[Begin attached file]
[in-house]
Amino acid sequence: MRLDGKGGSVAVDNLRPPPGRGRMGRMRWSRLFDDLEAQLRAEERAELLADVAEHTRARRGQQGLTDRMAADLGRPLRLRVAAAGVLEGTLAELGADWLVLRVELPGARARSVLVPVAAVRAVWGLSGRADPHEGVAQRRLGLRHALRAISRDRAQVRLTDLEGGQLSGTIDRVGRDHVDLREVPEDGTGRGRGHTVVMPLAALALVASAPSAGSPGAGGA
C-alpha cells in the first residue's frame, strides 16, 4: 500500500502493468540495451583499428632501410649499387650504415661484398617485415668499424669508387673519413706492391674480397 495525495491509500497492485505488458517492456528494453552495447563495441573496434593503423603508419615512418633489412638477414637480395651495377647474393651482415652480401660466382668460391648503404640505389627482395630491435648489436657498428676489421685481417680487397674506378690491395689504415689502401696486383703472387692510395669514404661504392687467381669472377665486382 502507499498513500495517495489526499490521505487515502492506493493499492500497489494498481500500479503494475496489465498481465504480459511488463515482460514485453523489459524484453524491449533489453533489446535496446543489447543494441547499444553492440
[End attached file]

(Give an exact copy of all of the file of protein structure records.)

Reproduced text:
[in-house]
Amino acid sequence: MRLDGKGGSVAVDNLRPPPGRGRMGRMRWSRLFDDLEAQLRAEERAELLADVAEHTRARRGQQGLTDRMAADLGRPLRLRVAAAGVLEGTLAELGADWLVLRVELPGARARSVLVPVAAVRAVWGLSGRADPHEGVAQRRLGLRHALRAISRDRAQVRLTDLEGGQLSGTIDRVGRDHVDLREVPEDGTGRGRGHTVVMPLAALALVASAPSAGSPGAGGA
C-alpha cells in the first residue's frame, strides 16, 4: 500500500502493468540495451583499428632501410649499387650504415661484398617485415668499424669508387673519413706492391674480397 495525495491509500497492485505488458517492456528494453552495447563495441573496434593503423603508419615512418633489412638477414637480395651495377647474393651482415652480401660466382668460391648503404640505389627482395630491435648489436657498428676489421685481417680487397674506378690491395689504415689502401696486383703472387692510395669514404661504392687467381669472377665486382 502507499498513500495517495489526499490521505487515502492506493493499492500497489494498481500500479503494475496489465498481465504480459511488463515482460514485453523489459524484453524491449533489453533489446535496446543489447543494441547499444553492440